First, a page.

Aqua Dyne Tests Solar-powered Mine Water Desalination

Aqua Dyne, a thermal desalination specialist, and the Australian Commonwealth Scientific and Industry Research Organisation (CSIRO) will advance study into the use of solar energy for mine water desalination and the treatment of acid mine leachate. This initiative is part of the Aqua Dyne Solar Thermal Mine Water Desalination Research program under the project management of the CSIRO’s Queensland Centre for Advanced Technology in Brisbane, Australia.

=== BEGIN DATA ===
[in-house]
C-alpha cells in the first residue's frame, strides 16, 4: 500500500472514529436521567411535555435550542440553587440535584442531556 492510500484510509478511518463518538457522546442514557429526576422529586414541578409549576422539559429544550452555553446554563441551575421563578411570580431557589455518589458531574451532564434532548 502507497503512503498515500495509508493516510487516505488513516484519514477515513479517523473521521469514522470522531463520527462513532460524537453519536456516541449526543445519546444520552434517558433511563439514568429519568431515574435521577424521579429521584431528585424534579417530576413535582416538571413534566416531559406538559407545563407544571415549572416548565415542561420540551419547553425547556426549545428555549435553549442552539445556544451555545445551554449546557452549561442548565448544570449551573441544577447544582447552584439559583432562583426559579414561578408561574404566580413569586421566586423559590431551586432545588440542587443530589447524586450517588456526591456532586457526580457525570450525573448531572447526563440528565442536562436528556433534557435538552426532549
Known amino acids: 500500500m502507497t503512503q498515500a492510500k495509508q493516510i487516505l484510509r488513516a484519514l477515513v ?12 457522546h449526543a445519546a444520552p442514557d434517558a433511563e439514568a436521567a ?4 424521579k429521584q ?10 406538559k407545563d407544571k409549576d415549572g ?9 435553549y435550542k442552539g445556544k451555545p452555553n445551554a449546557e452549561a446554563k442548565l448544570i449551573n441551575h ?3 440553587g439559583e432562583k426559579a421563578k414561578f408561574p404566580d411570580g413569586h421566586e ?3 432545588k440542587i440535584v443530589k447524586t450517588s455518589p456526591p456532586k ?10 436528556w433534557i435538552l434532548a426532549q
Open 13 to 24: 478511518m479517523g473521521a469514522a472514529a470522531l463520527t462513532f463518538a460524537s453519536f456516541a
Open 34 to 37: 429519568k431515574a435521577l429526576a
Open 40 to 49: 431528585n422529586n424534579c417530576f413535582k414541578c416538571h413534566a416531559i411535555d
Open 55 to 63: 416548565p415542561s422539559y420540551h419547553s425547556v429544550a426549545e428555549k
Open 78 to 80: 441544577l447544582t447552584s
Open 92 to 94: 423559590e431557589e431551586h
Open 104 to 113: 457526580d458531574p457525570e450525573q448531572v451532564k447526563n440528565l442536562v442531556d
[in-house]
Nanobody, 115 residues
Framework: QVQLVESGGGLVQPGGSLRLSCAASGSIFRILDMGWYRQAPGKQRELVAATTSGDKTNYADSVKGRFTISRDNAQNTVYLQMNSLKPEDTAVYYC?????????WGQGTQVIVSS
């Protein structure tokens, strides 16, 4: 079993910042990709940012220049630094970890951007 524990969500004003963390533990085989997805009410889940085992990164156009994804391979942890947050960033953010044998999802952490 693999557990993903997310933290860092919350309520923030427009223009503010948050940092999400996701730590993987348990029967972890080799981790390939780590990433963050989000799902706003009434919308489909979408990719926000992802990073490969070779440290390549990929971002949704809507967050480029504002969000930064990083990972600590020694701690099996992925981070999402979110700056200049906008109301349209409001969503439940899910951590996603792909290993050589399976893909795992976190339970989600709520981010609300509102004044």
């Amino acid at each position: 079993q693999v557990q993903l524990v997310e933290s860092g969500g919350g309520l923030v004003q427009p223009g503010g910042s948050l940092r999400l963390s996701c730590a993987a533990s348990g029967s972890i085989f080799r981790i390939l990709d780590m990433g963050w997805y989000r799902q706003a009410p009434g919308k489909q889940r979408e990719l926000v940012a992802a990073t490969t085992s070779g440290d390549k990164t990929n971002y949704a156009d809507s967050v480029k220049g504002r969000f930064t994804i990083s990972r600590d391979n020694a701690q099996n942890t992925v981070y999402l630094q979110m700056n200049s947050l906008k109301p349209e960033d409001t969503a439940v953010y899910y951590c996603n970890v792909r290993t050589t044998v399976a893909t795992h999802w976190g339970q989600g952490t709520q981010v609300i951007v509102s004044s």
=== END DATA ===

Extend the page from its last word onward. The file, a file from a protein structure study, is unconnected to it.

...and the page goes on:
The CSIRO Division of Exploration and Mining will be responsible for the research activities. This phase of the program is part of a world-first research initiative with the solar energy project having enormous potential for remote mining areas. Aqua Dyne received approval to deploy component modules of the JetWater Thermal Desalination system to a site adjacent to Lake Liddell in the Upper Hunter region of New South Wales, Australia. The JetWater Thermal module will be tested and monitored over a three-month trial program. The module will be connected to a solar energy system developed and supplied by Solar Heat & Power Pty Ltd of Singleton, NSW Australia. The flexibility of the Aqua Dyne JetWater system design allows it to be used for a wide range of desalination requirements ranging from seawater, brackish groundwater and remediation of industrial wastewater, as well as the ability to co-generate with a variety of industrial plant and equipment. Research indicates that solar collecting panels of 1000 square meters in area are required to produce 1/2 megaliter of desalinated water per day. These solar panels have been installed and are operationally ready awaiting the integration of the JetWater components. Surplus steam can be produced to run a generator capable of producing sufficient electricity for mine use or sold onto the grid. CSIRO Research Scientist Dr Pat Glynn said that combining known solar technology to the Aqua Dyne thermal desalination technology has the potential reduce greenhouse gas emissions that occur when using electricity or diesel power for thermal desalination. In the western U.S., according to the release, the Forest Service estimates that between 20,000 and 50,000 mines are currently generating acid on Forest Service lands, and that drainage from these mines is impacting between 8,000 and 16,000 kilometers of streams (U.S. Forest Service 1993). In addition to the acid contamination to surface waters, acid mine drainage (AMD) may cause metals such as arsenic, cadmium, copper, silver, and zinc to leach from mine wastes. The Solar / Thermal JetWater system will demonstrate an environmental and economically sustainable solution to remediate wastewater streams.
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